Objective: To describe experience with using intraoperative Transesophageal Echocardiography to reliably predict the size of the rapid deployment prosthetic valve by measuring the native aortic annulus Methods: Retrospective review of single institution series of patients undergoing Aortic Valve Replacement with Rapid Deployement Bioprosthetic Valves. Included were patients that had their native aortic valve replaced either isolated or as part of any additional procedure. Aortic annulus was measured prior to initiation of the operation using transesophageal echocardiography (TEE). Correlation analysis was conducted between Echocardiographic annular measurements and actual implanted valve sizes. Results: Twenty five patients underwent rapid deployment valve implantation in the aortic position. Of these, 36% of patients had the same size valve as the measured aortic annulus, 48% of patients had a valve implanted that was 1 mm different, and 16% of patients had 2 mm difference. The mean annular size based was 22.4 mm (range: 21-28 mm). The mean valve size implanted was 23.3 mm (range: 21-27 mm). There was no statistically significant difference between the mean annular measurement and the valve size selected (0.9 mm , p = 0.8). Conclusion: TEE can further enhance valve sizing and guidance through a proper and safe deployment. Although evident in our experience, larger scale studies are needed to further elucidate conclusions on the importance of avoiding under-sizing valves.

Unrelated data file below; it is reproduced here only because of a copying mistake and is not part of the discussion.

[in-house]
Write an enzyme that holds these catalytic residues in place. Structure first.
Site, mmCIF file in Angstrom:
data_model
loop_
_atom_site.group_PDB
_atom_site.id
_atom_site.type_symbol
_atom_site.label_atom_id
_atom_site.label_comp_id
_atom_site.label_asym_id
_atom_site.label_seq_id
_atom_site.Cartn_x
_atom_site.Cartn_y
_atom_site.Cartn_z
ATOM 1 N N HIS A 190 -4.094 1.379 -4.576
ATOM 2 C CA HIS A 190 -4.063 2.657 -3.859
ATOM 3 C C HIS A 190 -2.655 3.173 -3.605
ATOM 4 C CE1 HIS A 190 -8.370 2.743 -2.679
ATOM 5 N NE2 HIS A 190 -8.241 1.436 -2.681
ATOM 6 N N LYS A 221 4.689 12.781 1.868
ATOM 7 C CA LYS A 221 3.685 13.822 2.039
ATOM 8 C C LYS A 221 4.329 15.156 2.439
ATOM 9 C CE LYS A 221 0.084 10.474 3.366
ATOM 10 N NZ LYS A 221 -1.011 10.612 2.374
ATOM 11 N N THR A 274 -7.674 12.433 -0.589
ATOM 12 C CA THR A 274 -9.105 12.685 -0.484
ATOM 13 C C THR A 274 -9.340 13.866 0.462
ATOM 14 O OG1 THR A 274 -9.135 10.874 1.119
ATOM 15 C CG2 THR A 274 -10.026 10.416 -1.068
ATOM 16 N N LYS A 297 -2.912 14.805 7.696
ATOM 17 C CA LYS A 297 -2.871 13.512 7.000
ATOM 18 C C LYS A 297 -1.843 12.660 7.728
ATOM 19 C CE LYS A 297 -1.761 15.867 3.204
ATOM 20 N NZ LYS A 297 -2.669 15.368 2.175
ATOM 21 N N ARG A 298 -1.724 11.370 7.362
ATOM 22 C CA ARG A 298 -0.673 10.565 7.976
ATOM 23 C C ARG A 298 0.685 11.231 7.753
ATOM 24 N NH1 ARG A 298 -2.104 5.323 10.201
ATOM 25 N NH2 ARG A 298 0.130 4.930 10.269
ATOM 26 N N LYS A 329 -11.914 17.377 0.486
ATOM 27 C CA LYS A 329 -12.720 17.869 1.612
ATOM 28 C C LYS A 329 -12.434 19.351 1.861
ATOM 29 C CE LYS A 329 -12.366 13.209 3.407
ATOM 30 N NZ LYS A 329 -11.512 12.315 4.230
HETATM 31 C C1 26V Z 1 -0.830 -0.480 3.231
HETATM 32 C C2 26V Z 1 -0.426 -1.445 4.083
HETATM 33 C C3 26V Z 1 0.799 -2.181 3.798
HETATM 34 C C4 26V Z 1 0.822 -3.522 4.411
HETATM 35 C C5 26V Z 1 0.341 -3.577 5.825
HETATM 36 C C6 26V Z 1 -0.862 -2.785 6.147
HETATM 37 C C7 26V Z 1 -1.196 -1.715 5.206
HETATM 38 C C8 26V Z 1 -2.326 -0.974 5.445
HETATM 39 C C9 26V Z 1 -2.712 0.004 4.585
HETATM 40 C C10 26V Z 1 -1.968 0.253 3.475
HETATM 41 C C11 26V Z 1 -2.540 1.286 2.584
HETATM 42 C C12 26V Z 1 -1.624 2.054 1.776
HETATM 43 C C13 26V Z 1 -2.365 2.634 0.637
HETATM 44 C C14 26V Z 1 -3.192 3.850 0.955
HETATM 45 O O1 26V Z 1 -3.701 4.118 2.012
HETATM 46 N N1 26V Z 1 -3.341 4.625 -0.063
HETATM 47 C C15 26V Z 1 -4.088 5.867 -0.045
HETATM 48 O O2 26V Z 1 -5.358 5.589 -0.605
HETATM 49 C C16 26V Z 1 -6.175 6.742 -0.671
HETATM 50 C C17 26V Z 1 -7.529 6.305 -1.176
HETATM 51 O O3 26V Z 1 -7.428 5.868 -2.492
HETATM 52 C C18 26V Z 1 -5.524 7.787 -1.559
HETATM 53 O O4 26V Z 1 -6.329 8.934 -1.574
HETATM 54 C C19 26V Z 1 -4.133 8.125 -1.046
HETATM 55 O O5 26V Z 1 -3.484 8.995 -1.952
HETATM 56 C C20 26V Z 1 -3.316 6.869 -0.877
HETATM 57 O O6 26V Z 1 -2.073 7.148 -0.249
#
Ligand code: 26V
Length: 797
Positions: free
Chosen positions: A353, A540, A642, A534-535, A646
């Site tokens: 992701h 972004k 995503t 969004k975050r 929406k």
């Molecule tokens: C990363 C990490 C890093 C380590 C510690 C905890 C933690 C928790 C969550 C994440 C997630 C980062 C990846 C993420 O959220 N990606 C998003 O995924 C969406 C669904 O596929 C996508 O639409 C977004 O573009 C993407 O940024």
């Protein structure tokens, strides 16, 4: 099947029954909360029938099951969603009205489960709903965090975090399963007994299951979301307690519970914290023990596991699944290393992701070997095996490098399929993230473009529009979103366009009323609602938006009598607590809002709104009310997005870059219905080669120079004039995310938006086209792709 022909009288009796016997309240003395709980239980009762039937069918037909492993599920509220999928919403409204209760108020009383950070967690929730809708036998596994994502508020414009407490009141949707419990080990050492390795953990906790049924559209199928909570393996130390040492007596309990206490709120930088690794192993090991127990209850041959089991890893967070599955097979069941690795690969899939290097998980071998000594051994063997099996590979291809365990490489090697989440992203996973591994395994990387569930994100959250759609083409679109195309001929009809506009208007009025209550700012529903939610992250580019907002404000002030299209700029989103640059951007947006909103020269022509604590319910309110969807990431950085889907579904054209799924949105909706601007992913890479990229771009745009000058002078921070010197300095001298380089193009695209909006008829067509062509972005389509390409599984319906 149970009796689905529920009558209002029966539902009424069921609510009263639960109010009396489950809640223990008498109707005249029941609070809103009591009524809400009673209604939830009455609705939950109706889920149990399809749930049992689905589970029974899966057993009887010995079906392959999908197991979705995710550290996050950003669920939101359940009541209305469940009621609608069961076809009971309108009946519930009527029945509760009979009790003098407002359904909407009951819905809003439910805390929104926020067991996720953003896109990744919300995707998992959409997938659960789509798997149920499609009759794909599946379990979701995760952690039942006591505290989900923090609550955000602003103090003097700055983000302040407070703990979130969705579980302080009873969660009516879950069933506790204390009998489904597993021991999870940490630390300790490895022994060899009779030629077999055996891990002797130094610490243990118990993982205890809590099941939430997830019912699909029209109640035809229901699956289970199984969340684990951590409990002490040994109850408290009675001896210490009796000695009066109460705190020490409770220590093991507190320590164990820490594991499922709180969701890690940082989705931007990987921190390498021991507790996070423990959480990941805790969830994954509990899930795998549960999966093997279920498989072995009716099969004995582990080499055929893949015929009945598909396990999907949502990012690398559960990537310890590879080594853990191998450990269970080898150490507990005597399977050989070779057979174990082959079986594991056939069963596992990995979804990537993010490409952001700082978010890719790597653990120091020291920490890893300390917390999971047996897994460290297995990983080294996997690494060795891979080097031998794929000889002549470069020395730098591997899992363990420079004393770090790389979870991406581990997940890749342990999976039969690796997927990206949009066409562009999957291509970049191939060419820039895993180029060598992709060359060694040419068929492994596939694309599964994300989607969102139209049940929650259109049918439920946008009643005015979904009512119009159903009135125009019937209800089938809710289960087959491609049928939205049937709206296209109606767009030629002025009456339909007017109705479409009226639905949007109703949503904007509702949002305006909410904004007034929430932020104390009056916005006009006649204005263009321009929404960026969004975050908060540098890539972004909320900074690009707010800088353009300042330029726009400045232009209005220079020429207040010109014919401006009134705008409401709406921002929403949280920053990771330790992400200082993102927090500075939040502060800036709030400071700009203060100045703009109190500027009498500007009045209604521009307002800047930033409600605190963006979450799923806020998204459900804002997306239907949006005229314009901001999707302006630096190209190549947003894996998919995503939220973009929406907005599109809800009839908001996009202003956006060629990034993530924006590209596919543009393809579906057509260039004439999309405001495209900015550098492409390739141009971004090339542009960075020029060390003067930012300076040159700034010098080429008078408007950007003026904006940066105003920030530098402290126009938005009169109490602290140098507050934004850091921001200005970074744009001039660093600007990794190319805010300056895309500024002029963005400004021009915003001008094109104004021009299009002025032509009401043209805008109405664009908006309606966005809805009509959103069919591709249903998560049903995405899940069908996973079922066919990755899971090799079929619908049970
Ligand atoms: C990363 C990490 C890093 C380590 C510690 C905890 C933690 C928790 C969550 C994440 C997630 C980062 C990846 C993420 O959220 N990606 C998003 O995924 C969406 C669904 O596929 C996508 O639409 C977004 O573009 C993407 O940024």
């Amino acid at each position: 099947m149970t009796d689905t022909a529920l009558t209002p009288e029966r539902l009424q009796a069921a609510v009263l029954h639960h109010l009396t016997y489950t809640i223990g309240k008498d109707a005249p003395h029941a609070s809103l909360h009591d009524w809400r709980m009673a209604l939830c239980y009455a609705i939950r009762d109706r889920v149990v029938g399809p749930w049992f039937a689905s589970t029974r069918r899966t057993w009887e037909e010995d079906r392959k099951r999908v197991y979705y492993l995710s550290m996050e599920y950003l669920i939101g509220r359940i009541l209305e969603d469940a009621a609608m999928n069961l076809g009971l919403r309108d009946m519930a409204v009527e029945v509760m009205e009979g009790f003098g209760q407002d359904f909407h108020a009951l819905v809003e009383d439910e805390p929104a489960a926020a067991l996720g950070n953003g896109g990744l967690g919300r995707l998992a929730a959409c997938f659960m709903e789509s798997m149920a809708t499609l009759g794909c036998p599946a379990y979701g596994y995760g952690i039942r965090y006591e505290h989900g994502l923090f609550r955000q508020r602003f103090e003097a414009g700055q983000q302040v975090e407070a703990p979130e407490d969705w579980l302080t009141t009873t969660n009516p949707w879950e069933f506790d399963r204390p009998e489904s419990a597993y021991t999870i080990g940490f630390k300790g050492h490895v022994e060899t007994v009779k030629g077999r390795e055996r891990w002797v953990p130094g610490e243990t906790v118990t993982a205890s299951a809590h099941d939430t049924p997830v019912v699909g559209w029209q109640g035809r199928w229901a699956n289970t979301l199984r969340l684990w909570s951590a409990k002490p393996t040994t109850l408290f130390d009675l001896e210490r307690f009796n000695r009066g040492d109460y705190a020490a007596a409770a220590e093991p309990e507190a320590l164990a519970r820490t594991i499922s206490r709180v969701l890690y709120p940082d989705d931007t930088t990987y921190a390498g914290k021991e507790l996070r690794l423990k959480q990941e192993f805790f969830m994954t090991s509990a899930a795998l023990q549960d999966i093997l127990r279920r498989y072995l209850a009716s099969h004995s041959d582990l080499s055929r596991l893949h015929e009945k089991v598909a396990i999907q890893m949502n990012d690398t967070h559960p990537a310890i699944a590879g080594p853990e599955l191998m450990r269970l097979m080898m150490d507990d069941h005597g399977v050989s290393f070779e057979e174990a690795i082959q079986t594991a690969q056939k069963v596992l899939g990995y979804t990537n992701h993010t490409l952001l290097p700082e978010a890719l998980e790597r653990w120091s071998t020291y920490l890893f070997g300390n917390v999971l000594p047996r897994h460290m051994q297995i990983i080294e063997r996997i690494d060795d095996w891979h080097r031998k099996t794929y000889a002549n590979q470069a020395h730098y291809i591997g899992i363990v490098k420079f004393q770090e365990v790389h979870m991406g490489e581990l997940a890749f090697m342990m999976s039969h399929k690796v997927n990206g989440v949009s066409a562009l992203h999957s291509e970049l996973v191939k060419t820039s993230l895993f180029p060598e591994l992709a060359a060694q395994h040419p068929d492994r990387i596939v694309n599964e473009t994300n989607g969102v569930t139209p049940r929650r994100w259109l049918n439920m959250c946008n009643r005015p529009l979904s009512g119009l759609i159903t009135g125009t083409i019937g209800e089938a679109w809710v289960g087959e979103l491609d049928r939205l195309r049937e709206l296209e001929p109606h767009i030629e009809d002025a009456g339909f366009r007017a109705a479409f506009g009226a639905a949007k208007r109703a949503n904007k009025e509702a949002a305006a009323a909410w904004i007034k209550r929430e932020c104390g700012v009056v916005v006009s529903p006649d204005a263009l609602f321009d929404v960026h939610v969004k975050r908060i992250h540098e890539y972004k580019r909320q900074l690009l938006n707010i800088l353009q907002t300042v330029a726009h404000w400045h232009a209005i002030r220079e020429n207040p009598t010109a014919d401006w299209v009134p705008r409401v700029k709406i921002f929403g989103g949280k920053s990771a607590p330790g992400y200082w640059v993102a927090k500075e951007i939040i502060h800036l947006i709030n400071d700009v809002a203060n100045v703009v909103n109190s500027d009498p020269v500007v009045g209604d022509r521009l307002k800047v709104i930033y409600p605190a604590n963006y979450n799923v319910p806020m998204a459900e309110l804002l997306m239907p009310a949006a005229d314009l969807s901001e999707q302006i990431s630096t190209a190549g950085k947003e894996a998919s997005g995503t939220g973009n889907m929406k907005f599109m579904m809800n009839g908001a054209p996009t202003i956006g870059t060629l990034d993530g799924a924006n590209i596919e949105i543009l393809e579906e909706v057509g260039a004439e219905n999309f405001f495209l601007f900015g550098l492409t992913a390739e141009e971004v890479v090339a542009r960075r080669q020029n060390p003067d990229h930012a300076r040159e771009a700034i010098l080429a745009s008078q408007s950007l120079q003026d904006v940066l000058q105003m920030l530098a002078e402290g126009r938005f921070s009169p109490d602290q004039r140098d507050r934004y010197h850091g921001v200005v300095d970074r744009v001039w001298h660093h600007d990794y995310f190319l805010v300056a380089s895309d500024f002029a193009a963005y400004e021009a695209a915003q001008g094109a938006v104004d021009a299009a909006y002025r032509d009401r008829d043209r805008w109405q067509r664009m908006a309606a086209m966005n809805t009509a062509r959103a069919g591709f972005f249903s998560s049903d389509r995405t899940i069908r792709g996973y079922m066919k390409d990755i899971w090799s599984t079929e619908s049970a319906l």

Objective: To compare outcomes of hemiarch versus total arch repair during extended ascending aortic replacement. Methods: Between 2004 and 2017, 261 patients underwent hemiarch (n=149, 57%) or total arch repair (aortic debranching or Carrell patch technique, n=112, 43%) in the setting of extended replacement of the ascending aorta. Median follow-up was 17.2 (IQR 4.2–39.1) months. Multivariable models considering preoperative and intraoperative factors associated with mortality and aortic reintervention were constructed. Results: Survival was 89.0, 81.3, and 73.5% vs. 76.4, 69.5, and 61.7% at 1, 3, and 5 years in the hemiarch versus total arch groups, respectively (log-rank p=0.010). After adjustment for preoperative and intraoperative factors, the presence of a total arch repair (adjusted HR 2.53, 95% CI 1.39 – 4.62, p=0.003), and increasing age (adjusted HR per 10 years of age, 1.76, 95% CI 1.37 – 2.28, p<0.001) were associated with increased mortality. The cumulative incidence of aortic reintervention with death as a competing outcome was 2.6, 2.6, and 4.4% and 5.0, 10.3, and 11.9% in the hemiarch and total arch groups, respectively. After adjustment, the presence of a total arch repair was significantly associated with need for aortic reintervention (SHR 3.21, 95% CI 1.01 – 10.2, p=0.047). Conclusions: Overall survival after aortic arch repair in the setting of extended ascending aortic replacement is excellent, however, total arch repair and increasing age are associated with higher mortality and reintervention rates. A conservative approach to aortic arch repair can be prudent, especially in those of advanced age.